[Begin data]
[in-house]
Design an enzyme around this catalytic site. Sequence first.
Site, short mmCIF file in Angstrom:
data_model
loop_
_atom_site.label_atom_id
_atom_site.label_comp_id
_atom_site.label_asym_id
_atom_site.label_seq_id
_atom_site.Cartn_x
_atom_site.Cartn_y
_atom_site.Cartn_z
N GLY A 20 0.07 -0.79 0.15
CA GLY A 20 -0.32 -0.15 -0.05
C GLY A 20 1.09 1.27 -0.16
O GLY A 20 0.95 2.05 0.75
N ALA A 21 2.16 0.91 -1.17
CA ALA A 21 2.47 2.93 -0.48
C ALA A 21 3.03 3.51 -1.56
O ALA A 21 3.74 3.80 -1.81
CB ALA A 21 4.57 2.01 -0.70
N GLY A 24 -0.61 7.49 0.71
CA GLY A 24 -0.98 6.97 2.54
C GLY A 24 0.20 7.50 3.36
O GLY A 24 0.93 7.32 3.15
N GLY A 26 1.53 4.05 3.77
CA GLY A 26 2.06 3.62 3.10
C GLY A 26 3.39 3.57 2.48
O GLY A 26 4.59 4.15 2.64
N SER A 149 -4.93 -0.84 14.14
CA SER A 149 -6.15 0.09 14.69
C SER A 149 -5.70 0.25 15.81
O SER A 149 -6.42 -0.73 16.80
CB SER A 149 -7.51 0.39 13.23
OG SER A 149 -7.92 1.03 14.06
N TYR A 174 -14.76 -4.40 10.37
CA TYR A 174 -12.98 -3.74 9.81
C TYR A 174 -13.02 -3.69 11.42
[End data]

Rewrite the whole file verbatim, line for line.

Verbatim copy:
[in-house]
Design an enzyme around this catalytic site. Sequence first.
Site, short mmCIF file in Angstrom:
data_model
loop_
_atom_site.label_atom_id
_atom_site.label_comp_id
_atom_site.label_asym_id
_atom_site.label_seq_id
_atom_site.Cartn_x
_atom_site.Cartn_y
_atom_site.Cartn_z
N GLY A 20 0.07 -0.79 0.15
CA GLY A 20 -0.32 -0.15 -0.05
C GLY A 20 1.09 1.27 -0.16
O GLY A 20 0.95 2.05 0.75
N ALA A 21 2.16 0.91 -1.17
CA ALA A 21 2.47 2.93 -0.48
C ALA A 21 3.03 3.51 -1.56
O ALA A 21 3.74 3.80 -1.81
CB ALA A 21 4.57 2.01 -0.70
N GLY A 24 -0.61 7.49 0.71
CA GLY A 24 -0.98 6.97 2.54
C GLY A 24 0.20 7.50 3.36
O GLY A 24 0.93 7.32 3.15
N GLY A 26 1.53 4.05 3.77
CA GLY A 26 2.06 3.62 3.10
C GLY A 26 3.39 3.57 2.48
O GLY A 26 4.59 4.15 2.64
N SER A 149 -4.93 -0.84 14.14
CA SER A 149 -6.15 0.09 14.69
C SER A 149 -5.70 0.25 15.81
O SER A 149 -6.42 -0.73 16.80
CB SER A 149 -7.51 0.39 13.23
OG SER A 149 -7.92 1.03 14.06
N TYR A 174 -14.76 -4.40 10.37
CA TYR A 174 -12.98 -3.74 9.81
C TYR A 174 -13.02 -3.69 11.42